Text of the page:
Currently test driving a 2001 Volvo S 60 overnight. 128,000 miles. $3,700.00. Good deal or no?



This is the first time I have gotten a car for myself. I just love something about Volvo’s. My fiance had one for a lot of years and while sometimes they can be a money pit overall they are great cars. Especially if you know what you are doing. However, his was not as old. I’m wondering what make of cars you guys recommend me looking at if not Volvo’s?! Thanks so much!!:kissing_heart:


It is a guessing game, the price seems fine but get it checked out by a qualified mechanic first, maybe it needs brakes and tires, or routine maintenance, could easily be another $1200


That’s actually fairly frequent, especially for older Volvos. Can you afford a money pit? If not, look at Honda and Toyota.


I have had two friends who drove older Volvos, they both had factory service manuals on the back shelf.


I just looked up in for a 2001 Volvo S60 with 128K miles in good condition.
It reported the vehicle is worth:

  • $539 average trade-in value to a dealer
  • $1354 average value for a private sale

If the condition is very good instead of just good, it only adds about $200 to the value of the car.

If you buy that car for $3700, then

  • Someone is making a nice profit
  • If you get into an accident and total the car the next day, you will have lost about $2700 instantly, since the car’s value was only in the $1000 range.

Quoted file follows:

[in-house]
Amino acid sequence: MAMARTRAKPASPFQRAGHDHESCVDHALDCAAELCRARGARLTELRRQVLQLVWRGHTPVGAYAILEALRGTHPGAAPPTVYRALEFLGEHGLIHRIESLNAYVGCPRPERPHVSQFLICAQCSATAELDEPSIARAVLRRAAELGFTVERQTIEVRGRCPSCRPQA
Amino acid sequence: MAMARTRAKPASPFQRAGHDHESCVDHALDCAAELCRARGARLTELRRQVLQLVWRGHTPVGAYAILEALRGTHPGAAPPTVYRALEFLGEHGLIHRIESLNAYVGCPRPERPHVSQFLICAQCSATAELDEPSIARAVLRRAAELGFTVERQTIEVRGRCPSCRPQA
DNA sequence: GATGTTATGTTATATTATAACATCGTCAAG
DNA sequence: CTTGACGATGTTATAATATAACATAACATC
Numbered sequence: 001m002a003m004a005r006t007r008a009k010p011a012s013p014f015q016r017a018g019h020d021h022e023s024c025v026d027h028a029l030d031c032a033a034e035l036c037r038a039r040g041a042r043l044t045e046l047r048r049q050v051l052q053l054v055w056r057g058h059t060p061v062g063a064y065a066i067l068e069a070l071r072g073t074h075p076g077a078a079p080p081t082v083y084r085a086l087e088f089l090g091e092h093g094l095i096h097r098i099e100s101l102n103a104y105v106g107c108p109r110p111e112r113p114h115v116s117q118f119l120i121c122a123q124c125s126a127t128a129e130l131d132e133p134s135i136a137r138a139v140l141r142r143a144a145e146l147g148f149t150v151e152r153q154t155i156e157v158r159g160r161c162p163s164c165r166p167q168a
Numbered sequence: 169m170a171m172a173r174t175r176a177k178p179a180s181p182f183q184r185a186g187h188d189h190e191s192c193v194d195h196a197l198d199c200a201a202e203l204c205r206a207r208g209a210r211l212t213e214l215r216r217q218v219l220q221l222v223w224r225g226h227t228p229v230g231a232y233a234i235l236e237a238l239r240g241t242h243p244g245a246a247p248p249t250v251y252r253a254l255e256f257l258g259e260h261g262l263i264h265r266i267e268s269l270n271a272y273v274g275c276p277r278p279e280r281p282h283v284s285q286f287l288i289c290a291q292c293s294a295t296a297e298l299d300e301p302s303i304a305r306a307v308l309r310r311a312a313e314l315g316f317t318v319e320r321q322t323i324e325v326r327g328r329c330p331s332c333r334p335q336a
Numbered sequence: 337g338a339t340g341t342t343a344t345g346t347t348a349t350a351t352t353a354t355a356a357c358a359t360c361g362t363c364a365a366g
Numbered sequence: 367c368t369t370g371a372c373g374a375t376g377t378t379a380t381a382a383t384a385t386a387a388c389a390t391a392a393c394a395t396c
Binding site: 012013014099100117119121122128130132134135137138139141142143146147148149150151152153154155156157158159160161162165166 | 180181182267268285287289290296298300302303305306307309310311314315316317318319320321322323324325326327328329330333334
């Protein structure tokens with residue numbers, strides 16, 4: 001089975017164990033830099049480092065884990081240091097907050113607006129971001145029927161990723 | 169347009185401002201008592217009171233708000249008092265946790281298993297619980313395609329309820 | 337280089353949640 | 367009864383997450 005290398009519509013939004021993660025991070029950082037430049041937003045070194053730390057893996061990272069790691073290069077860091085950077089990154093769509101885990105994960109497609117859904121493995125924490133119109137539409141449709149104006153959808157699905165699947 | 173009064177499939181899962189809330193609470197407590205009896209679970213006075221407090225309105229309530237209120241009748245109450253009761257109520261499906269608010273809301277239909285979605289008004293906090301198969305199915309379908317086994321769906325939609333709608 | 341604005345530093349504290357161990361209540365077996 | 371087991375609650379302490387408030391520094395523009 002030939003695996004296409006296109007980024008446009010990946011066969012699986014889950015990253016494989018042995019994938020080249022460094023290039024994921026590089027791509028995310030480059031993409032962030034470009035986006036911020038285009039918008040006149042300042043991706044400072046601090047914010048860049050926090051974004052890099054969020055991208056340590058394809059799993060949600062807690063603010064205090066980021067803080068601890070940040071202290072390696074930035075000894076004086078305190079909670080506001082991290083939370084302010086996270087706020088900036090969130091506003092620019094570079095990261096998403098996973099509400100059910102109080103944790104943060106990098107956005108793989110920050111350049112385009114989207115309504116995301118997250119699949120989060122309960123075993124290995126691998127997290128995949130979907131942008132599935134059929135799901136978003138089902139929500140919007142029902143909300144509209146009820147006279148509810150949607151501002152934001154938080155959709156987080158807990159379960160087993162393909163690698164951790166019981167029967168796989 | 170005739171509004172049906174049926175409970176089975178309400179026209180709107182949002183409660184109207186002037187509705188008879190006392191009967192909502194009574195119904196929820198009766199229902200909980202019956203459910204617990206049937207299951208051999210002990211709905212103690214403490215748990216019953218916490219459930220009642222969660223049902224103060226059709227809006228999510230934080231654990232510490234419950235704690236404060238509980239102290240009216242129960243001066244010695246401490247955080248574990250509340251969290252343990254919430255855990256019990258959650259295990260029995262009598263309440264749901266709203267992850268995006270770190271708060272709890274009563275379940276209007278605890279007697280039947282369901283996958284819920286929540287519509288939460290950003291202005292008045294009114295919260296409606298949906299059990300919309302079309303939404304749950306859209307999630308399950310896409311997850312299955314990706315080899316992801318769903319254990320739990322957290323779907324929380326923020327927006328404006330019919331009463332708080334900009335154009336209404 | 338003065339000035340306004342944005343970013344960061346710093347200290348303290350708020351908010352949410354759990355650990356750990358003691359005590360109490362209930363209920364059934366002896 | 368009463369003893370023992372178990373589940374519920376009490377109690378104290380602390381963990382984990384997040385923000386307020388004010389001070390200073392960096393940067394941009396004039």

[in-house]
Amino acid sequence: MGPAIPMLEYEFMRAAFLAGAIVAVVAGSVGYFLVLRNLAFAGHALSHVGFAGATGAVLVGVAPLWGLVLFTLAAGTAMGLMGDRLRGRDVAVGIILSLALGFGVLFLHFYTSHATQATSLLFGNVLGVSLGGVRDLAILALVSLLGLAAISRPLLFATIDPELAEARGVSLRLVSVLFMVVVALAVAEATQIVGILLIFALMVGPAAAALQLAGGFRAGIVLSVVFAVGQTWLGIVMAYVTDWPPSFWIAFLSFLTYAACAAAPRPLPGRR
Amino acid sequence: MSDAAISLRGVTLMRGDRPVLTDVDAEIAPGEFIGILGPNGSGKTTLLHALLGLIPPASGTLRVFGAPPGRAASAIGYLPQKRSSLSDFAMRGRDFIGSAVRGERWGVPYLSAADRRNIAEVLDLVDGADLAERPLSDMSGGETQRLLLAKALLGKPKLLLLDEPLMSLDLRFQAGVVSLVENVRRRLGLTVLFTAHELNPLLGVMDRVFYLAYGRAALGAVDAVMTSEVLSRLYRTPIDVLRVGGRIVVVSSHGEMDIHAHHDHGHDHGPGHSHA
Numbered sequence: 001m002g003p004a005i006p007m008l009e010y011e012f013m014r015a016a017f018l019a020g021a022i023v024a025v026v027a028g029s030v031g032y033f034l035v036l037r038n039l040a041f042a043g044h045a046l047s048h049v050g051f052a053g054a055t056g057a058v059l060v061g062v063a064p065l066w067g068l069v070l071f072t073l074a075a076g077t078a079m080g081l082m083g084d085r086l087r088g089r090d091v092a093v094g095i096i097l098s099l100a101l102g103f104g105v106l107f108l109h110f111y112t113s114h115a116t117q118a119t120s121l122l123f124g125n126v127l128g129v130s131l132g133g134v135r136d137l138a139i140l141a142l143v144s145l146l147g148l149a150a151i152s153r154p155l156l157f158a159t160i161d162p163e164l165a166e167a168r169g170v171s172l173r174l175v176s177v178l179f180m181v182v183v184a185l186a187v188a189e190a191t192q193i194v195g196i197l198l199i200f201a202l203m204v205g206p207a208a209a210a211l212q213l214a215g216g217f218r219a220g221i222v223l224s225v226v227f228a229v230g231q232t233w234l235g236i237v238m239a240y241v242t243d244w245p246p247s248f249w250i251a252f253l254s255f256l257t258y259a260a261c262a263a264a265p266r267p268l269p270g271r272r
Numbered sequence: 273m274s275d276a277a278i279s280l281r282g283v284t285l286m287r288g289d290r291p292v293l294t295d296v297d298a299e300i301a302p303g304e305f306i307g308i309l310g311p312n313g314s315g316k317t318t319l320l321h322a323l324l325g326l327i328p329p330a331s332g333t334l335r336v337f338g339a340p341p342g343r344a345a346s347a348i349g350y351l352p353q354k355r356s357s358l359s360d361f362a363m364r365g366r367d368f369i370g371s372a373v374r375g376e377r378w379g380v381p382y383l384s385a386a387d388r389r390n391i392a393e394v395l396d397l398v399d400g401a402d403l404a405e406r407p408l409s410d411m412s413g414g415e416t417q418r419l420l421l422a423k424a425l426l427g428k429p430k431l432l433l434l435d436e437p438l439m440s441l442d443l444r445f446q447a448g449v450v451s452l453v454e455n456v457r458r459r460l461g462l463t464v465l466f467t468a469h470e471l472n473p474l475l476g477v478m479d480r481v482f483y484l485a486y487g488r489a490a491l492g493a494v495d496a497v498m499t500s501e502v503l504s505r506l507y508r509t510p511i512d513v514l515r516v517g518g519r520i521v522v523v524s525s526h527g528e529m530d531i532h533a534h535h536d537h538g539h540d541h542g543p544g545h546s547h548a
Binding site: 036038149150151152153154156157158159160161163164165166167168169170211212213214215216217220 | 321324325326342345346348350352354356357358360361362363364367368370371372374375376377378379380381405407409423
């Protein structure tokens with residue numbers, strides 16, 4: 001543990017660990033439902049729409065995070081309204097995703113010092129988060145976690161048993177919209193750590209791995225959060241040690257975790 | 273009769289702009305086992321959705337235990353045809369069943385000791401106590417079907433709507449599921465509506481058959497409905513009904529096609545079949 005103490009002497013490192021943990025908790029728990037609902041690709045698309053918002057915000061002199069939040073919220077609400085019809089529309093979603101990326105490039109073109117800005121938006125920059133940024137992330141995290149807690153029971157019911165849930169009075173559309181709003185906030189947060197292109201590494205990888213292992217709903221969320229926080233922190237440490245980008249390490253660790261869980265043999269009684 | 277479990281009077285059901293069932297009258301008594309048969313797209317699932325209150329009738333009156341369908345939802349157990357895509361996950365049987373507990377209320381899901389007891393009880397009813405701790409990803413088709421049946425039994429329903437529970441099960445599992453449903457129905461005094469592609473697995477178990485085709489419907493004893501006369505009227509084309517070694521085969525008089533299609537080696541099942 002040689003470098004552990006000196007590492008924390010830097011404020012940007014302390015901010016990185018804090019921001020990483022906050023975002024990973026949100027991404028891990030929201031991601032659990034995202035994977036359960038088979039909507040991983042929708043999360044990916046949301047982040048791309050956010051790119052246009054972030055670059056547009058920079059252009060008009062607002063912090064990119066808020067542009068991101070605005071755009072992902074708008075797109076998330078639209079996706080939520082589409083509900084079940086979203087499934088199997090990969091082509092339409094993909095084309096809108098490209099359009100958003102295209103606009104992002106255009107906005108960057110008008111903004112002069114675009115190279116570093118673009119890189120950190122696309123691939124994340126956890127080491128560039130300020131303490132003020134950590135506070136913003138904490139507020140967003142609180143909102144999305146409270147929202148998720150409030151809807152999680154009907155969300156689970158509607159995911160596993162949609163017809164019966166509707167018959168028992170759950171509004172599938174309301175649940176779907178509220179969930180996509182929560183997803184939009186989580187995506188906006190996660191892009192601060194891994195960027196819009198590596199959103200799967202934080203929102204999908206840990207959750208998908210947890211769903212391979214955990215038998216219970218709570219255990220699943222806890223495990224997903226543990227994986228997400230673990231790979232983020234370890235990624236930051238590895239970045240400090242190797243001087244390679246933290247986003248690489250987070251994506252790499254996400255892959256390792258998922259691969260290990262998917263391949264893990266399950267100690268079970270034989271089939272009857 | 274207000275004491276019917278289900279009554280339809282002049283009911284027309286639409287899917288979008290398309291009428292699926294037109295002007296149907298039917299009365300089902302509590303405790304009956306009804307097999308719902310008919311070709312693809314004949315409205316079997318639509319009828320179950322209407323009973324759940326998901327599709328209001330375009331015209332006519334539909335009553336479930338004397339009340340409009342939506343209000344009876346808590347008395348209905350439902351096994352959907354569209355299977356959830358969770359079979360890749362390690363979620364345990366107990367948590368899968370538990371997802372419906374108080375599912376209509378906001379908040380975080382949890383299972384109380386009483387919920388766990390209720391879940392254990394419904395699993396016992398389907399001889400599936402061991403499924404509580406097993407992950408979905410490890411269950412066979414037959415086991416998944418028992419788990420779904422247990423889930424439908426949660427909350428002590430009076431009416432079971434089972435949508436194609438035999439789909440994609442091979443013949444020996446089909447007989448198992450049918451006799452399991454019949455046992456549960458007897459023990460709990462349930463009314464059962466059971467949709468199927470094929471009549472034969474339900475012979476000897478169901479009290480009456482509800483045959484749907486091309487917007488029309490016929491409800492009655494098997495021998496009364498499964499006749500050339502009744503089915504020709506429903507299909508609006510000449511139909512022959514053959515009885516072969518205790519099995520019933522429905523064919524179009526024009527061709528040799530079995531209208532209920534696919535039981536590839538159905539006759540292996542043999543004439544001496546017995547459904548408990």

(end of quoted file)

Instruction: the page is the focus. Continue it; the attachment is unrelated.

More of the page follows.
If it were me, I’d see this purchase as a risk (because it could be a money pit w/repairs), and as an overpriced car. And I’d keep looking.


A family member had a 1998 S60.

It cost a minimum of $500 every time it had to go into the shop. And it was frequently in the shop.

I’d run away from any Volvo, myself. But your results may vary. Good luck.


As @JoeMario said, the price is too high. You didn’t tell us the trim level, transmission, and options. I priced a well optioned T5, the highest trim level, at $3000 on a dealer’s lot. If it is a private sale, take $1000 off. On price alone, it is a bad deal. Volvos are luxury cars. Maintenance and repairs will be more expensive than for lower trim levels. The cost for parts and labor on old luxury cars doesn’t decrease with age like the purchase price does. Keep looking. If you know that luxury cars are more expensive to own and it doesn’t bother you, find one that is reasonably priced or that you can negotiate to a reasonable price.


We have a Volvo as my screen name suggests . Purchased new , would I buy a used Volvo , absolutely no I would not.

@gabesgirl8786 I also agree that the price is higher than it should be so look at Kelley Blue Book for price range , have the vehicle mechanically examined and make your decision.


A used Volvo is not just a crapshoot; it’s a virtually guaranteed money pit. Stay away from this one.


there are a few non-running 02-04 volvos on CL now. some have bad timing belt. some have bad trans, some dont “run” according to seller. all are 500-1000


I absolutely agree with this.
Volvos are know to age poorly, and repair costs are two to three times that of most other vehicles. This one is at an age where you can expect to be spending a lot in repairs. Unless you have a very healthy cash flow, this is a very risky purchase.


Hey! Thanks for replying! My bad, call me an idiot, but for some reason I’m not understanding what you mean by that sentence :slight_smile:



Thanks!! I appreciate your opinion!


He means the cars broke so often that they carried the repair manual around with them.